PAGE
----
Downtown Minneapolis Workers Continue Slow Return
Veiw from second floor of the RBC Plaza in Downtown Minneapolis Tuesday, March 29, 2022.

Downtown Minneapolis Workers Continue Slow Return

After a pandemic-induced plateau at the turn of the year, the downtown workforce is slowly returning to the skyways.

Life is slowly returning to Minneapolis’ downtown commercial buildings, bringing a flow of foot traffic back through the city’s vein-like skyway system. 

March has served as a target return month for many major downtown employers, including Wells Fargo, U.S. Bank, and Sleep Number Corp.

On Tuesday, Mike Salmen, a managing principal for Transwestern, could be found corralling office workers passing through the second floor of the RBC Plaza. He’d rout them down to the first floor where they could play “Pop It Basketball” and enter into a drawing for prizes. At some point, men and women in business attire pulled out cornhole. 

The pop-up games were part of the Building Owners and Managers Association of Greater Minneapolis (BOMA) Block Builders campaign, which was launched this week to celebrate returning workers and to capitalize on the excitement around the Women’s NCAA Final Four coming to town on April 1. Participants in the event include 50 South Sixth, Wells Fargo Center, RBC Plaza, Capella Tower, US Bank Plaza, US Bancorp Center, City Center, and The Dayton’s Project.  

While it is Traswestern’s goal to see as many people return to the office as possible, Salmen acknowledged that many do not want to return to full-time, in-office work. 

“It’s a little bit of a test,” he said. “I think that the buildings need to provide a reason for employers to come back.”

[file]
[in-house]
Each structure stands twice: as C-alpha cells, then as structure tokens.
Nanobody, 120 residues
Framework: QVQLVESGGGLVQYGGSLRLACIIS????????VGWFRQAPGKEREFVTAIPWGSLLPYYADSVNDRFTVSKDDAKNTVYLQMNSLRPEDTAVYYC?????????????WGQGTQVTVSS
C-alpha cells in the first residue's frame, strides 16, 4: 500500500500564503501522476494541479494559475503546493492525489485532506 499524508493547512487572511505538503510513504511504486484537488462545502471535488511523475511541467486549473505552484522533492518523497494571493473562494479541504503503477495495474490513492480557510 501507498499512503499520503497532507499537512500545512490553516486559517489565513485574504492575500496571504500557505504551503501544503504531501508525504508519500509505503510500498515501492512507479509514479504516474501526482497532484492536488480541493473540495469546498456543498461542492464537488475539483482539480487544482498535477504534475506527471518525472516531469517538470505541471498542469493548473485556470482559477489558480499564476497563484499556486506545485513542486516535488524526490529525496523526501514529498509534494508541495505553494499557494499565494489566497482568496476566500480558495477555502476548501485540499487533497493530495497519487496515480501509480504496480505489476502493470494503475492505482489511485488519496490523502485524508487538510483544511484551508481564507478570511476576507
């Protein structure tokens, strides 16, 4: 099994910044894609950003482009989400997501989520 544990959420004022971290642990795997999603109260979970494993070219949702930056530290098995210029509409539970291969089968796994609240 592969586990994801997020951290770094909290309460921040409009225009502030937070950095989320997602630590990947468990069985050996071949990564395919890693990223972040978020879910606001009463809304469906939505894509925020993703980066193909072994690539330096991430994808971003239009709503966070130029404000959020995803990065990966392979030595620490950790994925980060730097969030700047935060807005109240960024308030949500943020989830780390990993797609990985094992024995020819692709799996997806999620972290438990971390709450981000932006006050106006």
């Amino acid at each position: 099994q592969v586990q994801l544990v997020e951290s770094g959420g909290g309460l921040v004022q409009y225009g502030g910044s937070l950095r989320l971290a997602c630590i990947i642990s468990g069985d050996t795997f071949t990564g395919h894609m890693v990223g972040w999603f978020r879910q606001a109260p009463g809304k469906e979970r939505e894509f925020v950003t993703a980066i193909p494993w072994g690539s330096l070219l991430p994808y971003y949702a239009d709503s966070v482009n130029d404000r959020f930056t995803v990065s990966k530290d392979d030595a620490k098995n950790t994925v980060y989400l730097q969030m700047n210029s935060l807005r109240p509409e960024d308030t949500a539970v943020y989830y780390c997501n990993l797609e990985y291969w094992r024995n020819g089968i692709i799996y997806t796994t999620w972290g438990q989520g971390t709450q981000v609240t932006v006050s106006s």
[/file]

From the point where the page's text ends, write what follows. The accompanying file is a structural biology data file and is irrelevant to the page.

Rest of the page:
Transwestern, a Houston-based commercial real estate management agency that handles leasing for many of the large buildings downtown, returned to the office mid-year 2021, which has given the company a unique perspective on the status of downtown. Just about 30 percent of downtown workers had returned to their offices at the turn of the year, but with the omicron variant, that number plateaued. Only in the last month has Salmen seen an uptick again.

As of mid-February, about 41 percent of the usual downtown workers had returned to their offices in some capacity, the Minneapolis Downtown Council said at its annual meeting. Now, Salmen estimates that number is approaching 50 percent. More people come in mid-week, with the highest foot traffic on Tuesday, Wednesday, and Thursday, and the lowest on Mondays and Fridays. Still, few workers are returning to the office five days a week as they did in the pre-pandemic days. 

“We’re seeing a lot of large corporations make the decision to get their people back to work,” he said. “As that happens, a lot of small companies start to follow and, with that, we see a lot of our retail vendors are able to make the decision to open up. It’s been a real challenge because we’ve had limited retail service with lighter crowds coming downtown.”

Tom Goudreault, an employee of BRIGHT Research Partners – a research institute located in the Baker Center – said he has enjoyed seeing people return to downtown.

Goudreault would work from the office a few days a week through the pandemic, but he was usually the only one around. Over the past few month, the company has brought back more workers and will soon return to a more regimented schedule.